Student “B” is now struggling considerably with each new piece of music he attempts at this level. The combined total of the student’s conscious brain and his subconscious brain does not have enough capacity to process all the information required for this piece of music. The difference in the amount of information that the brain is required to process to perform this piece of music, and the amount of brain processing power this student has available is the “Shortfall”. The larger the shortfall the more the student will struggle to play the music. His ability to control mechanical aspects of the performance with the subconscious mind has hardly grown at all due to lack of sufficient practice. The musical information that should have been automated by this level has never had chance to be absorbed into the subconscious mind due to lack of practice. The conscious brain is working at full capacity but this is still not enough to handle the increasing amount of information in the music at this level. At this point it does not matter how hard the student works on the music, his thinking mind is over taxed and will be unable to process all the information required to play this piece of music without the necessary assistance from the subconscious mind. Under these circumstances it is very unlikely that the student will be able to produce a good performance. The music will sound insecure and be prone to errors. Due to lack of available brain cycles in the conscious “thinking” mind, the student will not have full control of the notes, the dynamics or the physical movement of his hands and fingers. There will be interruptions in the timing and rhythm of the music as the students has to “think” about every note individually as he moves through the music. He will also have limited ability to listen to what he is playing as his entire available brain power is being used just to try and play all the notes. To make things even worse, because he has never learned his music thoroughly enough his note reading skills have not advanced to the standard they need to be at this level and he still has to work out what the notes are as he goes along putting even more strain on the minds ability to process all the information required in this piece of music. A common issue is that students think they are a level 3 player but at the same time they struggle to play every piece. They use only their conscious minds to play the music and no aspect of their playing has ever been successfully automated. Even though the student thinks they are a level 3 player they are not. Unless more automation, i.e. the ability to use the subconscious brain is introduced soon this student will begin to struggle more and more with each new piece of music they attempt to study as they progress through their regular tutor books.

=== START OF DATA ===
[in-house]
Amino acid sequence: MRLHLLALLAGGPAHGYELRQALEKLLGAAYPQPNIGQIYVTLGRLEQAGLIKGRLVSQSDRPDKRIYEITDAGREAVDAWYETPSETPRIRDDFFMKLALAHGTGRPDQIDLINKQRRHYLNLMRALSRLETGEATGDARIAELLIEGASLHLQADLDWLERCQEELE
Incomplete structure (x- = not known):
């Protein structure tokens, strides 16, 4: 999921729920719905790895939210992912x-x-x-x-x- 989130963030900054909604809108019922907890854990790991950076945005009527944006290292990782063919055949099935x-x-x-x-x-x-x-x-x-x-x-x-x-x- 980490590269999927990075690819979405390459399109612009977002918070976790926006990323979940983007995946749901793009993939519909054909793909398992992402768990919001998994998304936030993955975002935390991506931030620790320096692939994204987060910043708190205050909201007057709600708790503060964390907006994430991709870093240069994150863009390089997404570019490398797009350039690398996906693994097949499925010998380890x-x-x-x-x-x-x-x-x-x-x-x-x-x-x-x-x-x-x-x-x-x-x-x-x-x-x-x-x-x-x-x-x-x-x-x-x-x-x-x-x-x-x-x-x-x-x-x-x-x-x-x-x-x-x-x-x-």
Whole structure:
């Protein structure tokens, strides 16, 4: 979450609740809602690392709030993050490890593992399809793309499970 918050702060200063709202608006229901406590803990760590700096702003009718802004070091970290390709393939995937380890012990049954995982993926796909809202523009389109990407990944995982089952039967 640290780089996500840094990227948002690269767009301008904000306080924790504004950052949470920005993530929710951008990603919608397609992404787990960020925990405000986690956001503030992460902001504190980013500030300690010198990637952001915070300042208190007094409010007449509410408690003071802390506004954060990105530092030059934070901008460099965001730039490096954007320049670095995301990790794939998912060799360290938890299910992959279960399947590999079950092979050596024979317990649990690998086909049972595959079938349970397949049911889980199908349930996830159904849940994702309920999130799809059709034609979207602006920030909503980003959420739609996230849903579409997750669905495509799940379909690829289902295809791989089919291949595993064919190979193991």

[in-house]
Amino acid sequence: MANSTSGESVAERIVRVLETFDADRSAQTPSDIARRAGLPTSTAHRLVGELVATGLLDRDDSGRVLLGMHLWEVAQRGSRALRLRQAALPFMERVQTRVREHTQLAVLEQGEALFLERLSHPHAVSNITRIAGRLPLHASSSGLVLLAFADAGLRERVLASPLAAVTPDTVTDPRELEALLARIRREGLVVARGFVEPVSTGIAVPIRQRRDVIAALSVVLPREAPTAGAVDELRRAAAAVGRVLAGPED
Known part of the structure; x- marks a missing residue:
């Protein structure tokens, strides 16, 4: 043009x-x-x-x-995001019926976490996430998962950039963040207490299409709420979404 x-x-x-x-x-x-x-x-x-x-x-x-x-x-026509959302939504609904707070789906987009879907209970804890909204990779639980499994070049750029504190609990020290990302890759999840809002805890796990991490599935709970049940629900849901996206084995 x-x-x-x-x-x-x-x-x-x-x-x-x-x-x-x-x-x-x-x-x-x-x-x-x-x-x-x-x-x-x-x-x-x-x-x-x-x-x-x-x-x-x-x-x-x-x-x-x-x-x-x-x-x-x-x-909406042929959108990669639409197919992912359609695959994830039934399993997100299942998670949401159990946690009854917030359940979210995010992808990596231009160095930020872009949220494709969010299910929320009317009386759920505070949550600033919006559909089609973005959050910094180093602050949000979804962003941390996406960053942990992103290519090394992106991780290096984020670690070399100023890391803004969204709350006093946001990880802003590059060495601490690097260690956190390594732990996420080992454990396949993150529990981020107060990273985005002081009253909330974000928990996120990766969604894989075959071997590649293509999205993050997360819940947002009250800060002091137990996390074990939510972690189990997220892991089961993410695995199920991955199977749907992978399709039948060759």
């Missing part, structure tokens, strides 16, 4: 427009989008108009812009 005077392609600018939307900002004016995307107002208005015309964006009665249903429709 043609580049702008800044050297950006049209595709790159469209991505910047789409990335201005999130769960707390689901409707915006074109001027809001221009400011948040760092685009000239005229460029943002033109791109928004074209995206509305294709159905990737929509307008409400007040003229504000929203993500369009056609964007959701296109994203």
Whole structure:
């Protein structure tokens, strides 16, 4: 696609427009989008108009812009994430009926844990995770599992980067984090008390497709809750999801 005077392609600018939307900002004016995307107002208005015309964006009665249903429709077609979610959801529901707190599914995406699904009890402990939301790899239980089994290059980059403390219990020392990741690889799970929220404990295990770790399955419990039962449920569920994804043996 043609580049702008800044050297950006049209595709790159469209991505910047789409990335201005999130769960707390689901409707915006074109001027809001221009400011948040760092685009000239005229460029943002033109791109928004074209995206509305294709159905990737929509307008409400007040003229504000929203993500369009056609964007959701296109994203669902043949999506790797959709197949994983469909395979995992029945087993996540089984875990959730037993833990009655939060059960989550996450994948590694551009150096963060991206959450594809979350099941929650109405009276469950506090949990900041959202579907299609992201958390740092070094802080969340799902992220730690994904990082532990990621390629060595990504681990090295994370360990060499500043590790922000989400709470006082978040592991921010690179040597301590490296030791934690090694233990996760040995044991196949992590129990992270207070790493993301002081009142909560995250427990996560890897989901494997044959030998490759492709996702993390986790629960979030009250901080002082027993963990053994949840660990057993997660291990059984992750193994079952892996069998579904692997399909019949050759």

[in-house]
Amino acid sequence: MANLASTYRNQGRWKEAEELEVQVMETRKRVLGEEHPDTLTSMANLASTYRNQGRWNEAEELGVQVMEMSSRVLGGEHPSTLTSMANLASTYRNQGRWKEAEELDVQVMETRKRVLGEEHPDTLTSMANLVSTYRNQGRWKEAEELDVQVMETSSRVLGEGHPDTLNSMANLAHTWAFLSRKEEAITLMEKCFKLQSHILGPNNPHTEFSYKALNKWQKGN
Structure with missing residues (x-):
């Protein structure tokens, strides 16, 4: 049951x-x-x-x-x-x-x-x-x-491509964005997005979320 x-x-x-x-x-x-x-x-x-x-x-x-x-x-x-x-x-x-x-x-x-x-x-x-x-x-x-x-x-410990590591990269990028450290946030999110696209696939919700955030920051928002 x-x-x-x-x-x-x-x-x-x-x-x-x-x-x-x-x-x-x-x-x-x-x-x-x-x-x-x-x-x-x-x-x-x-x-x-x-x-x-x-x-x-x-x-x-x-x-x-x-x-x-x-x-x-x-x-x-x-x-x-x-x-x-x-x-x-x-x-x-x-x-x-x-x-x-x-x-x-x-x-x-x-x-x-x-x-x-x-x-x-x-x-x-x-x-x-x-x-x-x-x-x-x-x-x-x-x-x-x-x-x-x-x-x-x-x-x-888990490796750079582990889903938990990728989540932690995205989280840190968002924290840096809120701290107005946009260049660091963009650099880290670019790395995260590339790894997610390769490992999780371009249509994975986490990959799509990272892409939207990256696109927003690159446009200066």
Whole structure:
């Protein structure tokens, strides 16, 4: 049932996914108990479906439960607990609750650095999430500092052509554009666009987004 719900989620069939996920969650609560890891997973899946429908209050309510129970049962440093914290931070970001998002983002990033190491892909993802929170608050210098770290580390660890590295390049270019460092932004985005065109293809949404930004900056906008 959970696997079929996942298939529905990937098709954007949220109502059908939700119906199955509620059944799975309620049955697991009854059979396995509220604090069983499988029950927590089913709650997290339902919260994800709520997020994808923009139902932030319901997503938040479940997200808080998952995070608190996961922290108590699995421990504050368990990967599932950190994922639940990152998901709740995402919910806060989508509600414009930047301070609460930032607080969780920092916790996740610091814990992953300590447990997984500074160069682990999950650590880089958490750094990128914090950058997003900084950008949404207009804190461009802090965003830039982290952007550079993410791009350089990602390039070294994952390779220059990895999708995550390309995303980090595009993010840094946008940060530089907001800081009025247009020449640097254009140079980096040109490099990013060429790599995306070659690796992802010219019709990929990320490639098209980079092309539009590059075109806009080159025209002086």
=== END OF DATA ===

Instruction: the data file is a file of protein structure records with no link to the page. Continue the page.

As the student refines his playing skills the subconscious brain assumes responsibility for more areas of the performance. The conscious brain is being used very effectively and even though the music contains much more musical information than the pieces at level 3, student “A” has more “spare” brain capacity left over when playing this music than he did at level 3.